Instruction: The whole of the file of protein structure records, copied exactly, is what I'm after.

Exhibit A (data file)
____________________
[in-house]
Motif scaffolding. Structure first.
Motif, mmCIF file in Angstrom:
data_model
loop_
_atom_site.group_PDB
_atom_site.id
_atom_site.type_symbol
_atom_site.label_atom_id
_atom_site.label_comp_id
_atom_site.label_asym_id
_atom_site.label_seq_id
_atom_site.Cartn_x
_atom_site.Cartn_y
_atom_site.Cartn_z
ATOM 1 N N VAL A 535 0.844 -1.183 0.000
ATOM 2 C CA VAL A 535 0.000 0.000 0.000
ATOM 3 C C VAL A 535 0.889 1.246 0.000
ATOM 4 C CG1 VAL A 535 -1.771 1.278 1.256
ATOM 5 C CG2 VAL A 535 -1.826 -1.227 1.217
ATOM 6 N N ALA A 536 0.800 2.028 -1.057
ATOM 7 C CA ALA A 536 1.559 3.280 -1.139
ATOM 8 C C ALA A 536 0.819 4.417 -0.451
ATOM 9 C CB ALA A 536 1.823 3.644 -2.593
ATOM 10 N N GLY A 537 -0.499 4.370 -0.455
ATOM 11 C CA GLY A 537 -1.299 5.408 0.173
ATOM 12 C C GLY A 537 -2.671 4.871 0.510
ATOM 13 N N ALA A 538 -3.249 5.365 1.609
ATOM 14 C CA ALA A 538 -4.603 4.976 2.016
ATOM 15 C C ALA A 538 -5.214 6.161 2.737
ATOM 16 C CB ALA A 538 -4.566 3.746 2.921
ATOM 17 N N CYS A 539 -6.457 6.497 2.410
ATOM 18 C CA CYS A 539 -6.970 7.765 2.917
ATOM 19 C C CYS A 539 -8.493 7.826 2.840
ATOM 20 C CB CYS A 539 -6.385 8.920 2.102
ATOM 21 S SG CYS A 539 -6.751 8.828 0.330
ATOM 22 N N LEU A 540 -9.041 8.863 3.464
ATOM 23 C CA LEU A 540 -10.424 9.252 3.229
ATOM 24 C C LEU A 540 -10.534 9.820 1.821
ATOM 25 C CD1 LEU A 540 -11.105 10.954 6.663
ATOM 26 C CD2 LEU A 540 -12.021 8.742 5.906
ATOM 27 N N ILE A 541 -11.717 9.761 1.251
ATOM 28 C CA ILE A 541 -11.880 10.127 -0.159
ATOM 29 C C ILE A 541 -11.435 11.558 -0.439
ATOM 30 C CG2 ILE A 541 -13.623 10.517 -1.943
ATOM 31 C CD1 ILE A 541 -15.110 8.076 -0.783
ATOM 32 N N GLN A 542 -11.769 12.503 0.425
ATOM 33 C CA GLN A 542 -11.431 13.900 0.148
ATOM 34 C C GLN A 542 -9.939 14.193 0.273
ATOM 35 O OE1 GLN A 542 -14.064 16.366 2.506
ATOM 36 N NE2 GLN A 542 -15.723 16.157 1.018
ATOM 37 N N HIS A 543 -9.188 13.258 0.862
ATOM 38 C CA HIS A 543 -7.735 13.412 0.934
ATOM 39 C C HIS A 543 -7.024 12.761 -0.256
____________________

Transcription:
[in-house]
Motif scaffolding. Structure first.
Motif, mmCIF file in Angstrom:
data_model
loop_
_atom_site.group_PDB
_atom_site.id
_atom_site.type_symbol
_atom_site.label_atom_id
_atom_site.label_comp_id
_atom_site.label_asym_id
_atom_site.label_seq_id
_atom_site.Cartn_x
_atom_site.Cartn_y
_atom_site.Cartn_z
ATOM 1 N N VAL A 535 0.844 -1.183 0.000
ATOM 2 C CA VAL A 535 0.000 0.000 0.000
ATOM 3 C C VAL A 535 0.889 1.246 0.000
ATOM 4 C CG1 VAL A 535 -1.771 1.278 1.256
ATOM 5 C CG2 VAL A 535 -1.826 -1.227 1.217
ATOM 6 N N ALA A 536 0.800 2.028 -1.057
ATOM 7 C CA ALA A 536 1.559 3.280 -1.139
ATOM 8 C C ALA A 536 0.819 4.417 -0.451
ATOM 9 C CB ALA A 536 1.823 3.644 -2.593
ATOM 10 N N GLY A 537 -0.499 4.370 -0.455
ATOM 11 C CA GLY A 537 -1.299 5.408 0.173
ATOM 12 C C GLY A 537 -2.671 4.871 0.510
ATOM 13 N N ALA A 538 -3.249 5.365 1.609
ATOM 14 C CA ALA A 538 -4.603 4.976 2.016
ATOM 15 C C ALA A 538 -5.214 6.161 2.737
ATOM 16 C CB ALA A 538 -4.566 3.746 2.921
ATOM 17 N N CYS A 539 -6.457 6.497 2.410
ATOM 18 C CA CYS A 539 -6.970 7.765 2.917
ATOM 19 C C CYS A 539 -8.493 7.826 2.840
ATOM 20 C CB CYS A 539 -6.385 8.920 2.102
ATOM 21 S SG CYS A 539 -6.751 8.828 0.330
ATOM 22 N N LEU A 540 -9.041 8.863 3.464
ATOM 23 C CA LEU A 540 -10.424 9.252 3.229
ATOM 24 C C LEU A 540 -10.534 9.820 1.821
ATOM 25 C CD1 LEU A 540 -11.105 10.954 6.663
ATOM 26 C CD2 LEU A 540 -12.021 8.742 5.906
ATOM 27 N N ILE A 541 -11.717 9.761 1.251
ATOM 28 C CA ILE A 541 -11.880 10.127 -0.159
ATOM 29 C C ILE A 541 -11.435 11.558 -0.439
ATOM 30 C CG2 ILE A 541 -13.623 10.517 -1.943
ATOM 31 C CD1 ILE A 541 -15.110 8.076 -0.783
ATOM 32 N N GLN A 542 -11.769 12.503 0.425
ATOM 33 C CA GLN A 542 -11.431 13.900 0.148
ATOM 34 C C GLN A 542 -9.939 14.193 0.273
ATOM 35 O OE1 GLN A 542 -14.064 16.366 2.506
ATOM 36 N NE2 GLN A 542 -15.723 16.157 1.018
ATOM 37 N N HIS A 543 -9.188 13.258 0.862
ATOM 38 C CA HIS A 543 -7.735 13.412 0.934
ATOM 39 C C HIS A 543 -7.024 12.761 -0.256